Those who saw an American duty to remake the world in its image spent the nineteenth century seeking action from the United States government on three different levels. On the first level came the demand for an active role by the American government in giving American missionaries the right of entry into other countries, providing them with legal protection once there, protecting their property, and, ultimately, as converts were made, protecting the Christian minority against private pogroms or government discrimination and/or persecution. At this level the missionaries enjoyed a substantial degree of success.
As the missionary movement grew, and grew more successful, missionaries and their allies moved to a second level of political activism. Itbecame increasingly important to protect the lives, property, and other interests of American missionaries, and the effort to do so consumed more of the energy and time of the American diplomatic community.
On the third and highest level of activity, missionaries sought to persuade the U.S. government to use its influence to promote what would now be called a human rights agenda in the developing world. In some countries, even the very modestly sized native Christian communities that appeared in the nineteenth century alarmed local authorities and traditional religious communities. The introduction of Western-style printing presses and the development of increased written literature on sensitive political, cultural, and economic subjects further troubled the officials of some countries. Attempts to suppress the new Christian congregations-in Korea, in the Ottoman Empire, in China-met with stiff diplomatic resistance from the United States.
The missionary community and their friends, supporters, and others who shared their values back in the United States also sought to develop broad concepts for American foreign policy in general: a grand strategic vision for the exercise of American power.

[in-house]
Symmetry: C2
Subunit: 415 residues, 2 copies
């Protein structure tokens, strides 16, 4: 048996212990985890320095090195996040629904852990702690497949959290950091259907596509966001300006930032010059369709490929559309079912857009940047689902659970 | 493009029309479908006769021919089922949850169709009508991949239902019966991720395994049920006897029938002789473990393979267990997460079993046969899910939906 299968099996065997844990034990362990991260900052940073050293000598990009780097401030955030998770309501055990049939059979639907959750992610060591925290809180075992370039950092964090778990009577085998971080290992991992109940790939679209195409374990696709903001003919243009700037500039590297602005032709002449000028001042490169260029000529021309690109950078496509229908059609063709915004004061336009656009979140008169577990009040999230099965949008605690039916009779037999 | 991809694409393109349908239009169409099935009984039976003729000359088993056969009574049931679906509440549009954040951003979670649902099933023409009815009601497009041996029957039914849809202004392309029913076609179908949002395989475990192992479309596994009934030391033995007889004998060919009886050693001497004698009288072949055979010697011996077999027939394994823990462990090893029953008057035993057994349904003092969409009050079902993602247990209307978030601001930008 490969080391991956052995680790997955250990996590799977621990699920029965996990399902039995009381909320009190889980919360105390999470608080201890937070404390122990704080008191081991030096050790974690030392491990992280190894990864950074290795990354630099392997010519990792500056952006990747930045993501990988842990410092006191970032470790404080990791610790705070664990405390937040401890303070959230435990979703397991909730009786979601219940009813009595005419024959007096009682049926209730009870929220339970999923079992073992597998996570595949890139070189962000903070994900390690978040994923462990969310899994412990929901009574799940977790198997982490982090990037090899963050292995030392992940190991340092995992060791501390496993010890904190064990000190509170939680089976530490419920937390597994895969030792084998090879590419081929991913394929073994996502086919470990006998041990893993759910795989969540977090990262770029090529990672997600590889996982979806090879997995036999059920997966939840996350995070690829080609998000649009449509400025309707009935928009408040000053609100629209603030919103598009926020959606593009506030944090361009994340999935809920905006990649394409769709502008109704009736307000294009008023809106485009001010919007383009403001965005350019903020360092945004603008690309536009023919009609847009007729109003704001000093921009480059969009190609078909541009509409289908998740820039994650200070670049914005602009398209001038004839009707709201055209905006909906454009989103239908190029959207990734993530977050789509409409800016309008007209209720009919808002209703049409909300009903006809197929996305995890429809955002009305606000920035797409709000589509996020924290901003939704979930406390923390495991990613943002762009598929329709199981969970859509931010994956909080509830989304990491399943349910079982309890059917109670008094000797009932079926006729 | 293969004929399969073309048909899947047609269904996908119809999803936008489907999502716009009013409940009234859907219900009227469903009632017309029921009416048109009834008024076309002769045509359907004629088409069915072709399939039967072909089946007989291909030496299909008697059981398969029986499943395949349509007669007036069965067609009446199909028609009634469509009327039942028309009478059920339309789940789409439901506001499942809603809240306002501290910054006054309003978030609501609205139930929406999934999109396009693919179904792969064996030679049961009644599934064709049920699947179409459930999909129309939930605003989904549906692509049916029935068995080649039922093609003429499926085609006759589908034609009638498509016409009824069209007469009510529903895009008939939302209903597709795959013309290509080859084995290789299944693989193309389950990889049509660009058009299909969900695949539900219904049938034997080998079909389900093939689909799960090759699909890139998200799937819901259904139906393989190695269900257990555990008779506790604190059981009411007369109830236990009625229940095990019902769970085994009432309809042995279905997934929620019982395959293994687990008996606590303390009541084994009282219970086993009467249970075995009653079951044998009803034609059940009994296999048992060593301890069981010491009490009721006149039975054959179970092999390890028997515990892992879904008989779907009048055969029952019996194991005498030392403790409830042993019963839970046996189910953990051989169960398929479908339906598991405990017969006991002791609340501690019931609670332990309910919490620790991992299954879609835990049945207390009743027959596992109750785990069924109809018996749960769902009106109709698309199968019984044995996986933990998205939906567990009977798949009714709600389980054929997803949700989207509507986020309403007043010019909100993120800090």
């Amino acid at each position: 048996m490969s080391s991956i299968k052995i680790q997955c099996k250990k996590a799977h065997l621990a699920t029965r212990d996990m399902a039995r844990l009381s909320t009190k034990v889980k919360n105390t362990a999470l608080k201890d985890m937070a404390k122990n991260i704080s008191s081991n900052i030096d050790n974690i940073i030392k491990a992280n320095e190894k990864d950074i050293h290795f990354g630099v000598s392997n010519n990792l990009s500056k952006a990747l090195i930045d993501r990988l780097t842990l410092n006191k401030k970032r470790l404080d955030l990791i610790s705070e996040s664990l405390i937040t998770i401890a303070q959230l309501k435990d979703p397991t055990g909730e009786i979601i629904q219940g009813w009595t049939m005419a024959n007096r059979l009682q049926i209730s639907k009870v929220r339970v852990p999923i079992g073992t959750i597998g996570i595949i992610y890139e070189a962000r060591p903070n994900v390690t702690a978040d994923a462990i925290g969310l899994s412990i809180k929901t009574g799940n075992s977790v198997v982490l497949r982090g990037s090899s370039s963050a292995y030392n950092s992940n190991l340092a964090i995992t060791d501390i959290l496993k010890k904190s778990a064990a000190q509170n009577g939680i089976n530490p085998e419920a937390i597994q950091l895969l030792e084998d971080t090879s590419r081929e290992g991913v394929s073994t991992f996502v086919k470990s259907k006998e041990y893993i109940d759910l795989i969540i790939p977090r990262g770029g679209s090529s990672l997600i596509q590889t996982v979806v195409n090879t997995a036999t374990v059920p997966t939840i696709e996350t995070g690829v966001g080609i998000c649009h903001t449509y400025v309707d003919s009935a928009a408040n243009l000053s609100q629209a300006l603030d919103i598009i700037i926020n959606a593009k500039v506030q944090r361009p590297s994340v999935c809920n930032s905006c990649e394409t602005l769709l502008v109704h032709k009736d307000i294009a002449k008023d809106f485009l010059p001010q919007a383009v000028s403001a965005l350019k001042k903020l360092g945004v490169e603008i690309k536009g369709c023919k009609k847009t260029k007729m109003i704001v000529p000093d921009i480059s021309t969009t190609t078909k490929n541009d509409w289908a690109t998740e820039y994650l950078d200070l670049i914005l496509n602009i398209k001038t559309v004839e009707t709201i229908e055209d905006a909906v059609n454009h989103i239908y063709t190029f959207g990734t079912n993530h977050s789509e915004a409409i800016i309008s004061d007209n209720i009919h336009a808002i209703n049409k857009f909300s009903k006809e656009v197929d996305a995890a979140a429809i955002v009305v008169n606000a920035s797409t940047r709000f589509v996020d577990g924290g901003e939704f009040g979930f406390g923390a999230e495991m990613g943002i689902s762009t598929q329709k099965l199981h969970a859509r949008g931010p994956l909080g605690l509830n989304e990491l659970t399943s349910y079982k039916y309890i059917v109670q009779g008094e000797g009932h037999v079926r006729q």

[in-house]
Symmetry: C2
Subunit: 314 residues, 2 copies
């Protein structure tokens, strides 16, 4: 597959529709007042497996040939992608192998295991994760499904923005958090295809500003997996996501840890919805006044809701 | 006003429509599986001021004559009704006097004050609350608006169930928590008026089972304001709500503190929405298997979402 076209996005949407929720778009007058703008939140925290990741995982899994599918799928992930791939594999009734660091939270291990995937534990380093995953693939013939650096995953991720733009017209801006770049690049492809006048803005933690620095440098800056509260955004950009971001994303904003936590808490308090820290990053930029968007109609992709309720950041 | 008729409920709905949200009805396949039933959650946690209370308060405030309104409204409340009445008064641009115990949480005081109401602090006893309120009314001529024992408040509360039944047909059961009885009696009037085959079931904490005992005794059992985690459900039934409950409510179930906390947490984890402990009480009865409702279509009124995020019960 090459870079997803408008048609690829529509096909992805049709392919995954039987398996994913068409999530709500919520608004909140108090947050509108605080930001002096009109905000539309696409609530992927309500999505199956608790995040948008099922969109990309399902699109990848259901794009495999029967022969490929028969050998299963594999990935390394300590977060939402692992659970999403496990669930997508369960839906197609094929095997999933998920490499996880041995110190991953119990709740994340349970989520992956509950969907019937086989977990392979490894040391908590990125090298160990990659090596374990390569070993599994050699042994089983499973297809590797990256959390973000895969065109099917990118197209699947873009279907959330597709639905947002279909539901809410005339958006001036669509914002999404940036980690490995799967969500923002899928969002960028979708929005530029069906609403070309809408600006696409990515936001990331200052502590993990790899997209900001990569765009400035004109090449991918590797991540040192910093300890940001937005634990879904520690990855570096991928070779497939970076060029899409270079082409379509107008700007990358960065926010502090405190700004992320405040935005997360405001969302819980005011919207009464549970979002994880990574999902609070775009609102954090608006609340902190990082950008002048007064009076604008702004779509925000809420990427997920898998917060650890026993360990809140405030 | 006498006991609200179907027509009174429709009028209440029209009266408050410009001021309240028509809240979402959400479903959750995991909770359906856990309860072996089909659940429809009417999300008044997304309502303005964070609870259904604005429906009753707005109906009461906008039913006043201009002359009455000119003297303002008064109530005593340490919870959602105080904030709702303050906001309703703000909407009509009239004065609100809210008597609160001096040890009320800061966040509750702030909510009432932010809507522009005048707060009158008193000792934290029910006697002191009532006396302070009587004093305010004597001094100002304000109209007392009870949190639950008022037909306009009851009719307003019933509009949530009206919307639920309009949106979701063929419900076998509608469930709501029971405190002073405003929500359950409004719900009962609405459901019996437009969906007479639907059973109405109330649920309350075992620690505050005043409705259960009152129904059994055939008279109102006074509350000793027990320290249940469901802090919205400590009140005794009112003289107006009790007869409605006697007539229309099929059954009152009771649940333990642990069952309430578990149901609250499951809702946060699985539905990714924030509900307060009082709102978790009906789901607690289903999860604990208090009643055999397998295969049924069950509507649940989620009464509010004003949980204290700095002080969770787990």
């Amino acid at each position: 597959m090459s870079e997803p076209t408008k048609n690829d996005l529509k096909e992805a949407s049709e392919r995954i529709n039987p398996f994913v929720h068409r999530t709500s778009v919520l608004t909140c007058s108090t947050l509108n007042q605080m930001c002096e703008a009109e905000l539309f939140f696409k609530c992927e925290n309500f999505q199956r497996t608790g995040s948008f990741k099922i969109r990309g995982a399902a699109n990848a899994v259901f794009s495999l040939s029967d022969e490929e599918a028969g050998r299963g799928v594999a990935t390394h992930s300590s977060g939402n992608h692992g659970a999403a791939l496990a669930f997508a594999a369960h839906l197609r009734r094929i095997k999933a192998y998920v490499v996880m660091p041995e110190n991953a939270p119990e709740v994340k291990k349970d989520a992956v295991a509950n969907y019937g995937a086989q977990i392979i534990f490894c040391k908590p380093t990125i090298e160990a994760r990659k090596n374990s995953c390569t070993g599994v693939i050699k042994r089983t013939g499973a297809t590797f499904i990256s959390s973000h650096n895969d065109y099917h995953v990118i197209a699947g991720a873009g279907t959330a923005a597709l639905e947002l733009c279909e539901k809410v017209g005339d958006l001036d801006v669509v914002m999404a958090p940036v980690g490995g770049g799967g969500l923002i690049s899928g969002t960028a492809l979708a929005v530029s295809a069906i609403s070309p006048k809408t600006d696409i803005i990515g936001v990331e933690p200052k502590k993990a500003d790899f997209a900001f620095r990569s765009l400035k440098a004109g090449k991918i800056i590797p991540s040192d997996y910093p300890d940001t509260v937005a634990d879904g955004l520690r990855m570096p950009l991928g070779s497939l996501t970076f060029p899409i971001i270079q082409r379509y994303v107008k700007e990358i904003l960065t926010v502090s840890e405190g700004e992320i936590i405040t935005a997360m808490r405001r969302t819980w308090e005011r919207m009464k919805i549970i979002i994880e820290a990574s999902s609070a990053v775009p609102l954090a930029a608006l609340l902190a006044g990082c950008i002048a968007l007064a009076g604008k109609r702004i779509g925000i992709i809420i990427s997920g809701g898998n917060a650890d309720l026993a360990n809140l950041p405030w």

Although the missionaries exerted a considerable influence over government policy, their major impact was outside government: the creation of institutions, relationships, and cultural and social realities in the United States and foreign civil society, along with other changes that resulted from missionary activity… missionaries and their offspring have served as a gateway between the mass of the American people and people abroad.
That the United States was prepared for world leadership after World War II is largely a result of the missionary movement. Missionary kids, fluent from childhood in foreign languages and at home in foreign cultures, were invaluable assets for American forces during the war, and after it for occupation and diplomatic missions and as key staffers in the vast international expansion of American business. According to one recent survey, roughly 50 percent of “foreign culture experts” during World War II were missionary offspring. ‘This was particularly crucial at a time when the European empires were collapsing.
The secular contributions of the missionary movement may, on a global scale, ultimately have more impact than do their religious achievements. Liberal democracy has, officially at least, become the ruling ideology in southern, southeastern and most of northeastern Asia… In most of Africa, liberal democracy has no serious ideological rival; it haunts the chancelleries of the Muslim Middle East and duels with the recidivist national fascisms of the Balkan Peninsula.
Supporting this worldwide movement toward humane and liberal democracy is a host of civil society movements for human rights, protection of journalists, the defense of ethnic and religious minorities, women’s rights, justice for refugees, disarmament, and other liberal causes. In many cases there are direct institutional links between these organizations and the missionary churches. In many others the links are cultural, ideological or personal.